*  Consider working with a speech coach to develop and improve communications skills - make a good first impression when you  talk to coaches

* Begin making phone calls to coaches, let them know your game / meet / match schedule  - stay on their  radars!

* Take SAT / ACT practice tests and/or test prep courses, keep your grades up.

* Pick a good attitude and show it. Recognize that nothing is owed to you just because you're a good athlete.
  Freshman year HS      
  * Continue your research  & compile an initial  list of 20 to 30 schools  you're interested in.  Rank schools based on the attributes that are most important to you

*Begin writing coaches of schools you're interested in, get on their radars and get your name out there!

* Play at the highest level of club/HS team you can. Ask your coaches where  you need improvement and set goals.

 * Look for College camps and clinics to attend.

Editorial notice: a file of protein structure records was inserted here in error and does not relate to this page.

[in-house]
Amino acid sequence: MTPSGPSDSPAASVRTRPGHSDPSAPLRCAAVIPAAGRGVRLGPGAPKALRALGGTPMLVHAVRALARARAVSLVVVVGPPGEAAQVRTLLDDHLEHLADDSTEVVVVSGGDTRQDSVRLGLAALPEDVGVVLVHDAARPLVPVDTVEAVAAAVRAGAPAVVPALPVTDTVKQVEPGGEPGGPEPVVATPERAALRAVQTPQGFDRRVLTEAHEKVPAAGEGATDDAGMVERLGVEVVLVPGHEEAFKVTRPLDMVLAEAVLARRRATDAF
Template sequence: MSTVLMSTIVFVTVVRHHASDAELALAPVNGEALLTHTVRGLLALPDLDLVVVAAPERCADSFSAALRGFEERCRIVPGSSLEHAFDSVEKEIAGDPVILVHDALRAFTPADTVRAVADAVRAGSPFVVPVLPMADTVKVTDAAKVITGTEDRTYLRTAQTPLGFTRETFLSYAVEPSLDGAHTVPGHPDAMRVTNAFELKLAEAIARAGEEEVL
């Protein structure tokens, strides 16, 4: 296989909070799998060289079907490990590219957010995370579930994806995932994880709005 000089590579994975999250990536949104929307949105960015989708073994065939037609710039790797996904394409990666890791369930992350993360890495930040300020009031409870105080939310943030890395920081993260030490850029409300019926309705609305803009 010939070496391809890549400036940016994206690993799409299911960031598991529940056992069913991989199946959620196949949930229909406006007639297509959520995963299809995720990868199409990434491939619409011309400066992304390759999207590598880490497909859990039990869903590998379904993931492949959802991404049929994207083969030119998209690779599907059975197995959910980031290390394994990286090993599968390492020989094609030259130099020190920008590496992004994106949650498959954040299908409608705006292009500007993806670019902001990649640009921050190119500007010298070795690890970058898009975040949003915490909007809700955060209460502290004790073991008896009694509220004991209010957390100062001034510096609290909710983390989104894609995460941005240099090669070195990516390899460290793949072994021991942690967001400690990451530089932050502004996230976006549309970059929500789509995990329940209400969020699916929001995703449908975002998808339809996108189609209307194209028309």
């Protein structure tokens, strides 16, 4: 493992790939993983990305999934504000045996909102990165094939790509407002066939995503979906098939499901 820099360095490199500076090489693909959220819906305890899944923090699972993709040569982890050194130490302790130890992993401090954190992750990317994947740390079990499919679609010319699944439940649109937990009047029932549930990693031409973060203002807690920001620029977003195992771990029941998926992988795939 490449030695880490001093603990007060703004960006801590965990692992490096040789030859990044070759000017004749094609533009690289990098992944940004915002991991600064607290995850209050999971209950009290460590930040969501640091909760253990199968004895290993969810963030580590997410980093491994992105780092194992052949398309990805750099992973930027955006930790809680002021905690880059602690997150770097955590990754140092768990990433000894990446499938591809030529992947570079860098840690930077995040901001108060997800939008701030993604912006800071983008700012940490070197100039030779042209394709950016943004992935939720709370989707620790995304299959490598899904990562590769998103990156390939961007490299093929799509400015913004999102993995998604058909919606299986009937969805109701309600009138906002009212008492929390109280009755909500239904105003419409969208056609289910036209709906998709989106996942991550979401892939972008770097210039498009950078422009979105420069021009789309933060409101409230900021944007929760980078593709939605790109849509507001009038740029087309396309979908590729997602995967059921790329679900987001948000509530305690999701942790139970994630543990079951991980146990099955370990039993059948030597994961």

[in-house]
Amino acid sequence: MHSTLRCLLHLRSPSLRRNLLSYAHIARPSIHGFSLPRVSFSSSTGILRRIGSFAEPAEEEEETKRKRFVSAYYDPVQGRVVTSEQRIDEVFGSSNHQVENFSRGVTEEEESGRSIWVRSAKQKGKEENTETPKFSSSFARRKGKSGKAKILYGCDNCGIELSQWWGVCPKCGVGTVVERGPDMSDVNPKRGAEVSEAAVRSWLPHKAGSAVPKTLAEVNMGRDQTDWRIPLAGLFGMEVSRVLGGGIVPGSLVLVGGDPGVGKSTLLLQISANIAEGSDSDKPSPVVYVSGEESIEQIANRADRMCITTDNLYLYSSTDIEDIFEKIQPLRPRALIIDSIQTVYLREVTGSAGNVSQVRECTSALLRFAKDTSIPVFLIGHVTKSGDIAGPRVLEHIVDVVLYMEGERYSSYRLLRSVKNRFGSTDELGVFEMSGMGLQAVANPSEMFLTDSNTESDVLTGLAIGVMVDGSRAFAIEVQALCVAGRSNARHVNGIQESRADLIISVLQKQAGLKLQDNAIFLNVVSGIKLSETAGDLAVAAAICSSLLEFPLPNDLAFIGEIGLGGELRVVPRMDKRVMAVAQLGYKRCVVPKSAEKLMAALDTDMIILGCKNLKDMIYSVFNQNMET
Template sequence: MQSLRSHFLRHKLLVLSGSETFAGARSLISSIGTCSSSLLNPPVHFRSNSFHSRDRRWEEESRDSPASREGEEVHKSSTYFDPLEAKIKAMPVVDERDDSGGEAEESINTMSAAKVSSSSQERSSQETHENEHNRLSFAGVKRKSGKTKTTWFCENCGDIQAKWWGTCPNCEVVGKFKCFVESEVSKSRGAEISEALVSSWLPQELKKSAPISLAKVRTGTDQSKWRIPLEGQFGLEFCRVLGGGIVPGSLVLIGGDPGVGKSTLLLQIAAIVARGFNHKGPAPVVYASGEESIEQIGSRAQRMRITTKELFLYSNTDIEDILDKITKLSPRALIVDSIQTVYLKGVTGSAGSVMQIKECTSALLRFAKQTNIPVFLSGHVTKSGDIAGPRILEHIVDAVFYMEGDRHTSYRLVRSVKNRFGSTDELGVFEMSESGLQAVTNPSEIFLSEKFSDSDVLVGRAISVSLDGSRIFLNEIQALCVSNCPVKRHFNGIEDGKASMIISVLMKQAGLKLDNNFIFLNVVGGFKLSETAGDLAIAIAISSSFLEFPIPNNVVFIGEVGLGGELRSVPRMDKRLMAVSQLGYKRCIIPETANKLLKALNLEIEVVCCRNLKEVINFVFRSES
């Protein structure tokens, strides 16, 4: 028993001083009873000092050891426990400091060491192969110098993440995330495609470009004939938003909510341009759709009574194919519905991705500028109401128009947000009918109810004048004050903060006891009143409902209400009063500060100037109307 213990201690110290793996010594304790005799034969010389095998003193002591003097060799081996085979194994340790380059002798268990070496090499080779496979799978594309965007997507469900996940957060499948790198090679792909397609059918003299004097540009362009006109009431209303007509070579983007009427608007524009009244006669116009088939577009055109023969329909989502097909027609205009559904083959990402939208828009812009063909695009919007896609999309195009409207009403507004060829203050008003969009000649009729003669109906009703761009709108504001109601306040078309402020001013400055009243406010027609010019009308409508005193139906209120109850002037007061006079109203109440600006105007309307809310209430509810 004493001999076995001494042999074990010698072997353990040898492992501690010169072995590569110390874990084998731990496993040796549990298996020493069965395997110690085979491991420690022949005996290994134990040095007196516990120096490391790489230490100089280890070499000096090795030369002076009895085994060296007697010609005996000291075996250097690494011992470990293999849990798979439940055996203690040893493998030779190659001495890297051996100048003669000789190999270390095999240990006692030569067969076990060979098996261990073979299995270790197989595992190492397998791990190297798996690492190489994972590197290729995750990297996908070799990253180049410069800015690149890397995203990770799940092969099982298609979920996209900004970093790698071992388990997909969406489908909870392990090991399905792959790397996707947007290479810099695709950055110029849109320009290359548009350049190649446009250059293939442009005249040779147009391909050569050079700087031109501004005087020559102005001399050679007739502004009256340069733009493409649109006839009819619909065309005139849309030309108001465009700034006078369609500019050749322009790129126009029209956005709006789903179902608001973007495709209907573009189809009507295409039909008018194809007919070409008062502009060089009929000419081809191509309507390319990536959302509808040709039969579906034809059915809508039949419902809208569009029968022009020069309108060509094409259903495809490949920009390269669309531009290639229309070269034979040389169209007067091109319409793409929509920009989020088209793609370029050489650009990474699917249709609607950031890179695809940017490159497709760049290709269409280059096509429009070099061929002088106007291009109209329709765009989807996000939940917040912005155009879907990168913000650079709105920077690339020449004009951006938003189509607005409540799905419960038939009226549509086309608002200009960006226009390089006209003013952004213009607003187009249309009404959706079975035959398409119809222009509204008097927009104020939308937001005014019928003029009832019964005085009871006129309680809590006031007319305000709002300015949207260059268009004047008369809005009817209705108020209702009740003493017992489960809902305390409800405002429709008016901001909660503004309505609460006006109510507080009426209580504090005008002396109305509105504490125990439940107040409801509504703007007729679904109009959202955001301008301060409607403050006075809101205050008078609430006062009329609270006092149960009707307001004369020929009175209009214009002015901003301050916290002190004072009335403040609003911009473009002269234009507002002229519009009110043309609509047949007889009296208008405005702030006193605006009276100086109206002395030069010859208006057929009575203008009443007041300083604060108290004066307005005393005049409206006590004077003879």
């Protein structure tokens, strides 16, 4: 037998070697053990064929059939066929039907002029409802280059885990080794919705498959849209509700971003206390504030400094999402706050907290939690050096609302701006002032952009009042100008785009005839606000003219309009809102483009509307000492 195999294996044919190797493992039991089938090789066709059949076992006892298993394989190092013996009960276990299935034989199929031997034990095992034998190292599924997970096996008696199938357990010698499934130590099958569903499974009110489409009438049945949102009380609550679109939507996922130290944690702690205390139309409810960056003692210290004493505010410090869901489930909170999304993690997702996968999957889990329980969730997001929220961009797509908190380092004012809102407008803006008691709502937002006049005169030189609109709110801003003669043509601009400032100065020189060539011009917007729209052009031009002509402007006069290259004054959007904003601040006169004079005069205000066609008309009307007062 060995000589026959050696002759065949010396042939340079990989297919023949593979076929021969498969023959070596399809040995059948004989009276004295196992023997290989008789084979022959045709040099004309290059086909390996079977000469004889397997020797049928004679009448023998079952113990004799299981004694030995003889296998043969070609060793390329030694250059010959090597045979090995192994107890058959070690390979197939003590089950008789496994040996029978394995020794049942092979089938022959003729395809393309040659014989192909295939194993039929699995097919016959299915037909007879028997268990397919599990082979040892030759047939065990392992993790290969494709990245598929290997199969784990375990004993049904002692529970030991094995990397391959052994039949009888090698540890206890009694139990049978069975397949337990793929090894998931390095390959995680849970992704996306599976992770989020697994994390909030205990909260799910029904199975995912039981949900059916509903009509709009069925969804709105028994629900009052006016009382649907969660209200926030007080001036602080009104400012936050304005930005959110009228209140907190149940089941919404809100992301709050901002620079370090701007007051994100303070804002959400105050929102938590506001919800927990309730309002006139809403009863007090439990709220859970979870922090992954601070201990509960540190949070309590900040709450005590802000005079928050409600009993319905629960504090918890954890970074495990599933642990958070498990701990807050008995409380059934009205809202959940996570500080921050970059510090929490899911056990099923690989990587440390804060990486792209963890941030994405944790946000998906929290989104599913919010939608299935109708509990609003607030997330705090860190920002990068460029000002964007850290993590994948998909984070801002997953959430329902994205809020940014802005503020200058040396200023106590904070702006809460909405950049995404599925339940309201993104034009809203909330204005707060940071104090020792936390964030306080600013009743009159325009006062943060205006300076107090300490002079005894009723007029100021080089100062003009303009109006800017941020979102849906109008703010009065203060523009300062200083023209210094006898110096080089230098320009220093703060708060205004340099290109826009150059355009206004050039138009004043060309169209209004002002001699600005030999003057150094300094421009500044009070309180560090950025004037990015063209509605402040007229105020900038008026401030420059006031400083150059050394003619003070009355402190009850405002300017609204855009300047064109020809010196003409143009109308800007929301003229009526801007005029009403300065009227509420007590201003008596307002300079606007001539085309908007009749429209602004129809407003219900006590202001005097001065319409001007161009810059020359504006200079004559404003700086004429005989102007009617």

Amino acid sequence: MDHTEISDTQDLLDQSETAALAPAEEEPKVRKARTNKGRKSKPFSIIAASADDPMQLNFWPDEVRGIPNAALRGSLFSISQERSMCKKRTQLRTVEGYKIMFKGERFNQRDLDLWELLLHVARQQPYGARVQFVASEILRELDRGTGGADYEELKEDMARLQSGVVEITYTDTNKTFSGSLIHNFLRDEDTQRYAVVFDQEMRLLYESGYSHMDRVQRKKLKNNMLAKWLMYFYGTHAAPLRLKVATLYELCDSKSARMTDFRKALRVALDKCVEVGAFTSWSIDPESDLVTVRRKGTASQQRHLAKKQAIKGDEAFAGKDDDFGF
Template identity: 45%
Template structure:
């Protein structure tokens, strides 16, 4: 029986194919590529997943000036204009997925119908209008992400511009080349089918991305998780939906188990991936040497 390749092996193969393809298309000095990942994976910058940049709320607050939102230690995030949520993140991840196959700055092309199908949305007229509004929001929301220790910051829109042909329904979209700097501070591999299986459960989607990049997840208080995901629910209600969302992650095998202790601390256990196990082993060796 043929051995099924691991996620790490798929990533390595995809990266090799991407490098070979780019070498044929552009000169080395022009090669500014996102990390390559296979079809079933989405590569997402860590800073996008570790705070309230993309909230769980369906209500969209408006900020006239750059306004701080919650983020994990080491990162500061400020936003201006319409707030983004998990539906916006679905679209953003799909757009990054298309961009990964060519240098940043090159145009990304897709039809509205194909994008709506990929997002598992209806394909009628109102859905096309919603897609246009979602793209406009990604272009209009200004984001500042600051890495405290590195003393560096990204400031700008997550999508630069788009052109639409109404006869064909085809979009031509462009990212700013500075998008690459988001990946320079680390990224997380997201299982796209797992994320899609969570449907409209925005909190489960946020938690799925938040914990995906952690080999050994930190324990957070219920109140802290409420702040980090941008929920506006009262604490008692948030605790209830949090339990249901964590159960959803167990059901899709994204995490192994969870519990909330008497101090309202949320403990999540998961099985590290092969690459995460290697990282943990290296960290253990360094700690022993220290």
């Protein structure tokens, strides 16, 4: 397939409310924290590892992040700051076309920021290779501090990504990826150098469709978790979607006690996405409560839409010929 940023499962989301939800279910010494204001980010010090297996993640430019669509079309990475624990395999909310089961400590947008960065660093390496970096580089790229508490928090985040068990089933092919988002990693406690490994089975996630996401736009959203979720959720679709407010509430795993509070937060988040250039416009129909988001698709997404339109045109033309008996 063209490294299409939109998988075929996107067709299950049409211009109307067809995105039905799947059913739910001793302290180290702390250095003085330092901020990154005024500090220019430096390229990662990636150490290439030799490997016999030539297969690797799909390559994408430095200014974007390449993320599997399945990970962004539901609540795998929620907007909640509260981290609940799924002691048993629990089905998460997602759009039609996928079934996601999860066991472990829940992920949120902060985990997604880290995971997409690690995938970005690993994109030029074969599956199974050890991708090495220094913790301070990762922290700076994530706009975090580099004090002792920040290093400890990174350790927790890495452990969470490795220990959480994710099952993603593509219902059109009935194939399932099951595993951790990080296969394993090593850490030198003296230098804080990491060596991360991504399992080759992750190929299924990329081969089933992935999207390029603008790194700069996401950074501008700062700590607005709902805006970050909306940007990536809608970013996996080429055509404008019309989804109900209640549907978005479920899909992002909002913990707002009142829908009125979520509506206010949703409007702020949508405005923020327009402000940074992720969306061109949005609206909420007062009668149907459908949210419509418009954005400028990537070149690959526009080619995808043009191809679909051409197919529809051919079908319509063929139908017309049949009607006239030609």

* Good grades are critical ALL 4 years of HS - hit the ground running freshman year!    
* Consider working with a personal trainer to improve speed, strength and overall athleticism.
8th Grade        
* Research & start a list of colleges you're interested in.  Aim to begin writing college coaches during your freshman year of HS.

* Work on study and time   management skills,  important to get good grades beginning with Freshman year of HS!

* Character matters, make good choices … every day. Learn to be very careful of what you put on social media.

* Play at the highest level of club team you can.  Ask your current coach what you need to do athletically to compete well at the HS level.
© Scholarship
This is a quick overview of the recruiting timeline. Timetables may differ somewhat by sport, division, school and gender, but this provides a basic idea of the process. There are some constants that that apply to almost all athletes in all sports: Start the process early,  thoroughly research your schools, take care of your grades,  advocate for but be honest about yourself, be proactive and be responsive.


  Recruiting Process Do's ... and Don'ts:  


Do start this process early.  Step one is to get on coaches’ radars - you can be recruited only  if coaches know you're out there!

Do begin writing coaches during your freshman year in HS and no later than your sophomore year. You will miss out on opportunities if you start late, and the earlier you start you’ll sooner you’ll be better informed on your sport’s recruiting landscape.